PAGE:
In IEEE transactions on pattern analysis and machine intelligence ; h5-index 127.0
Over the last years, utilizing deep learning for the analysis of survival data has become attractive to many researchers. This has led to the advent of numerous network architectures for the prediction of possibly censored time-to-event variables. Unlike networks for cross-sectional data (used e.g. in classification), deep survival networks require the specification of a suitably defined loss function that incorporates typical characteristics of survival data such as censoring and time-dependent features. Here we provide an in-depth analysis of the cross-entropy loss function, which is a popular loss function for training deep survival networks. For each time point t, the cross-entropy loss is defined in terms of a binary outcome with levels "event at or before t" and "event after t". Using both theoretical and empirical approaches, we show that this definition may result in a high prediction error and a heavy bias in the predicted survival probabilities. To overcome this problem, we analyze an alternative loss function that is derived from the negative log-likelihood function of a discrete time-to-event model. We show that replacing the cross-entropy loss by the negative log-likelihood loss results in much better calibrated prediction rules and also in an improved discriminatory power, as measured by the concordance index.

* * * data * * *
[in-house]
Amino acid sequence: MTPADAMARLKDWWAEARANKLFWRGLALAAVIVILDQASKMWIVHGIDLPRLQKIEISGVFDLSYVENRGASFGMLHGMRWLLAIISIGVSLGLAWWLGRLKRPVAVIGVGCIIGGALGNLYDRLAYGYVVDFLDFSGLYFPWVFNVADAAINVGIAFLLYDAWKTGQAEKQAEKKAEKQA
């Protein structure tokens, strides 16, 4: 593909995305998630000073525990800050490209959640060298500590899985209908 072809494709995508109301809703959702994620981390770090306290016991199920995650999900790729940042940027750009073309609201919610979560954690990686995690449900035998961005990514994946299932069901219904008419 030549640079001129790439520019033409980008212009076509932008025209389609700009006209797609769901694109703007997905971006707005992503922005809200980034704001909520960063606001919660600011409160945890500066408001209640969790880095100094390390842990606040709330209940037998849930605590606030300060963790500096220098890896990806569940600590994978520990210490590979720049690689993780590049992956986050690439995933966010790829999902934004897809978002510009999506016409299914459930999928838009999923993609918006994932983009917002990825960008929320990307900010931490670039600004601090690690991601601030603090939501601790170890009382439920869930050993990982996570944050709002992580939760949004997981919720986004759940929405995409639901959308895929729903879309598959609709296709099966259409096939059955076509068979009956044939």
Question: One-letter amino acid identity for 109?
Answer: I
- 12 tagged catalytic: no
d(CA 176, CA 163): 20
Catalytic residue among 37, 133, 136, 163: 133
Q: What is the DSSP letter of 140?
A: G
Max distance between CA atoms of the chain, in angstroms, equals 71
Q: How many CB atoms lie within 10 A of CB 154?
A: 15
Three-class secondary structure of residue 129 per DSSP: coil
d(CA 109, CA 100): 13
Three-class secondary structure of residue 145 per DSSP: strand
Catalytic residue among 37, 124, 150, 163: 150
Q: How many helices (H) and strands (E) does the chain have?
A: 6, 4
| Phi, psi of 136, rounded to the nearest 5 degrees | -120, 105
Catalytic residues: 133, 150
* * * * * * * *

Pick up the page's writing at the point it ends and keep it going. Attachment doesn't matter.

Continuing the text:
Gorgi Zadeh Shekoufeh, Schmid Matthias